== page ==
An fragile executive, a collapsing populist left and a steadily rising nationalist right
Italy is governed by a coalition government led by the centre-left Democratic Party (DP, 13% of seats) and the populist-left 5-star movement (5SM, 29%), with the support of minor parties. Originally a marriage of convenience set up to displace rising right-wing politician Matteo Salvini from power, the coalition was emboldened by PM Giuseppe Conte’s rising popularity during the pandemic. But political uncertainty has returned after Italia Viva, one of the minor parties, withdrew its support. Until the pandemic allows for elections, a succession of fragile governments is the likelier outcome. To recover their dwindling support, 5SM lawmakers tend to attack business interests. This has been the driving force behind the fight over ArcelorMittal’s legal protections in the Taranto steel plant, as well as the dispute over Atlantia’s motorway concession, both of which have involved intense legal confrontations between the state and investors. Between the resilience of Salvini’s Lega and the rise of Giorgia Meloni’s Fratelli, the electorate is shifting to the nationalist right.
Last updated: February 2021
Trade notes (cambiali) are available in the form of bills of exchange or promissory notes. Cambiali must be duly accepted by the drawee and stamped locally at 12/1000 of their value, being issued and payable in the country. When issued in the country and payable abroad, they are stamped at 9/1000, and finally stamped at 6/1000 in the country if stamped beforehand abroad, with a minimum value of €0.50. In case of default, they constitute de facto enforcement orders, as the courts automatically admit them as a writ of execution (ezecuzione forzata) against the debtor.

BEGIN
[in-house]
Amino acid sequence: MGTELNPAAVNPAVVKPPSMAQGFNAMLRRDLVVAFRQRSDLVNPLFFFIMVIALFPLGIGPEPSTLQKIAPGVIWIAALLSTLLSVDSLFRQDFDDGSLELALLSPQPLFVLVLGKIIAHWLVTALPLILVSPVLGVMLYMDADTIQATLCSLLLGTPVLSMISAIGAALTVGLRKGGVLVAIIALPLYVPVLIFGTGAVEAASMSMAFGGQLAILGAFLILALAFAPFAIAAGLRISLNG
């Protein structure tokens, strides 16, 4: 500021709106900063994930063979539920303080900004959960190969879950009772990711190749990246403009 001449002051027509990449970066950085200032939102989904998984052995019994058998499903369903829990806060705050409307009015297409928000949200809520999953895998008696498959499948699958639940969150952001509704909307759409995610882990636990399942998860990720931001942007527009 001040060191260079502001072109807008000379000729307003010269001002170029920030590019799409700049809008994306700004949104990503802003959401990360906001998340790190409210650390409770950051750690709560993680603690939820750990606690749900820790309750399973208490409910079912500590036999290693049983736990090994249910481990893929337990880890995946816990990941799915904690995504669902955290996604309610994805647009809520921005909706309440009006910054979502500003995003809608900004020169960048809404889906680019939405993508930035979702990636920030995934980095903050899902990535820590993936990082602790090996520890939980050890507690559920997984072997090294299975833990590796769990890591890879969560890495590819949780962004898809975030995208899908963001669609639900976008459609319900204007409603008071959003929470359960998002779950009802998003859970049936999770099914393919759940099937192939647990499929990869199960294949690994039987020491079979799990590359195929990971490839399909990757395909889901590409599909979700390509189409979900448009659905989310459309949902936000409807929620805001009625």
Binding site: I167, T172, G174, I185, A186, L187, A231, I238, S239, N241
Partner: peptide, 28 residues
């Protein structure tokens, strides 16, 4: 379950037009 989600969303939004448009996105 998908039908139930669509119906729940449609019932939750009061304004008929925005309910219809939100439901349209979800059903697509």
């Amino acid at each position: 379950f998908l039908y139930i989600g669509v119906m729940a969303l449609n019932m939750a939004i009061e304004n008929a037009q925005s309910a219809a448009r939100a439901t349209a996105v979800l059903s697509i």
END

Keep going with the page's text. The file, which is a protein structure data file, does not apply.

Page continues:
Signed bills of exchange are a reasonably secure means of payment, but are rarely used due to a high stamp duty, the somewhat lengthy cashing period, and the drawee’s fear of damage to his reputation caused by the recording and publication of contested unpaid bills at the Chambers of Commerce.
In addition to the date and place of issue, cheques established in amounts exceeding €1,000 and intended to circulate abroad must bear the endorsement non trasferibile (not transferable), as they can only be cashed by the beneficiary. To make the use of cheques more secure and efficient, any bank or postal cheque issued without authorisation or with insufficient funds will subject the cheque drawer to administrative penalties and listing by the CAI (Centrale d’Allarme Interbancaria), which automatically results in exclusion from the payment system for at least six months.
Bank vouchers (ricevuta bancaria) are not a means of payment, but merely a notice of bank domicile drawn up by creditors and submitted to their own bank for presentation to the debtor’s bank for the purposes of payment (the vouchers are also available in electronic form, in which case they are known as RI.BA elettronica).
Bank transfers are widely used (90% of payments from Italy), particularly SWIFT transfers, as they considerably reduce the length of the processing period. Bank transfers are a cheap and secure means of payment once the contracting parties have established mutual trust.
Amicable collection is always preferable to legal action. Postal demands and telephone dunning are quite effective. On-site visits, which provide an opportunity to restore dialogue between supplier and customer with a view to reaching a settlement, can only be conducted once a specific licence has been granted.
Settlement negotiations focus on payment of the principal, plus any contractual default interest as may be provided for in writing and accepted by the buyer.
When an agreement is not reached, the rate applicable to commercial agreements is the six-monthly rate set by the Ministry of Economic Affairs and Finance by reference to the European Central Bank’s refinancing rate, raised by eight percentage points.
When creditors fail to reach an agreement with their debtors, the type of legal action taken depends on the type of documents justifying the claim.
Based on cambiali (bills of exchange, promissory notes) or cheques, creditors may proceed directly with forced execution, beginning with a demand for payment (atto di precetto) served by a bailiff, preliminary to attachment of the debtor’s moveable and immoveable property (barring receipt of actual payment within the allotted timeframe). The resulting auction proceeds are used to discharge outstanding claims.